Document Type


Publication Date

Spring 2013


Followership, King's Speech, Leadership, Leadership theory, Public speaking


In a time of global anxiety, a recent internationally acclaimed film aptly shows the development of a leader who never intended to lead. This leadership analysis of The King's Speech critically explores transformation shaped by the pressures of war, modernity, and a public figure's speech impediment in the advent of radio broadcasting. Supportive leadership and followership are examined, as the Duchess of York serves as an exemplar of both. The central catalyst of transformative leadership comes from Lionel Logue, who exercises his role with emotional intelligence and key strategies that are invaluable to the eventual King finding his voice. The servant leadership role is discussed, as it resonates strongly with an ongoing need for transformative and shrewd servant leaders in an increasingly fragmented and information-based global economy.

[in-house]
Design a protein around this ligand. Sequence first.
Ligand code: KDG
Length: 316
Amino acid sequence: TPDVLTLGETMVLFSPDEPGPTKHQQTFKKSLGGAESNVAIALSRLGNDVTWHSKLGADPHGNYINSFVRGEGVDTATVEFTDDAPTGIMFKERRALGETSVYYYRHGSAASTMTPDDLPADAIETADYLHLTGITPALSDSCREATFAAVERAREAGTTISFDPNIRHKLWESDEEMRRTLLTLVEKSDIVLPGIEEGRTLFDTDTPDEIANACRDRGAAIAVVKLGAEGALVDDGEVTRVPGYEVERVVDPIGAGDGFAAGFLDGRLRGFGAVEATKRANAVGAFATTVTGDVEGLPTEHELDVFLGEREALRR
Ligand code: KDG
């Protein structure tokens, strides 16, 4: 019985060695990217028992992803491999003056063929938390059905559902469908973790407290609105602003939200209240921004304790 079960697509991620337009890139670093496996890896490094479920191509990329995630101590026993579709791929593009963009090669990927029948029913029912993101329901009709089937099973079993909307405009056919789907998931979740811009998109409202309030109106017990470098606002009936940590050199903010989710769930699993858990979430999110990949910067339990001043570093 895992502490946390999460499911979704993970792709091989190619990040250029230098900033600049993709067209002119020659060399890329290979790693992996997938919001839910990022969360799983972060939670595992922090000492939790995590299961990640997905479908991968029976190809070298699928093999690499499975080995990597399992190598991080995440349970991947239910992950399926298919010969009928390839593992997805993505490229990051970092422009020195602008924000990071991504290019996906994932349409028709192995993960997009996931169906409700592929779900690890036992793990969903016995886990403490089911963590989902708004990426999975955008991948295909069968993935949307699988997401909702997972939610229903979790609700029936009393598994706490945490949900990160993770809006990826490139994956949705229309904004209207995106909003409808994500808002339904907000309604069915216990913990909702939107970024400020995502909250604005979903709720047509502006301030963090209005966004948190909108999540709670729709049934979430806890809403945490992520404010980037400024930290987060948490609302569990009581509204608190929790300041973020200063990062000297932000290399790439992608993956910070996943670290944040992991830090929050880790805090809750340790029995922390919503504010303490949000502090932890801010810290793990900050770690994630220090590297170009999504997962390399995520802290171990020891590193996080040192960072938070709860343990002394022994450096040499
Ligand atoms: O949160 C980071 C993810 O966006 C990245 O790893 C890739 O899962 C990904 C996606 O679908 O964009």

This article was originally published in E-Journal of Organizational Learning and Leadership 11, no. 1 (Spring/Summer 2013): 19-28.



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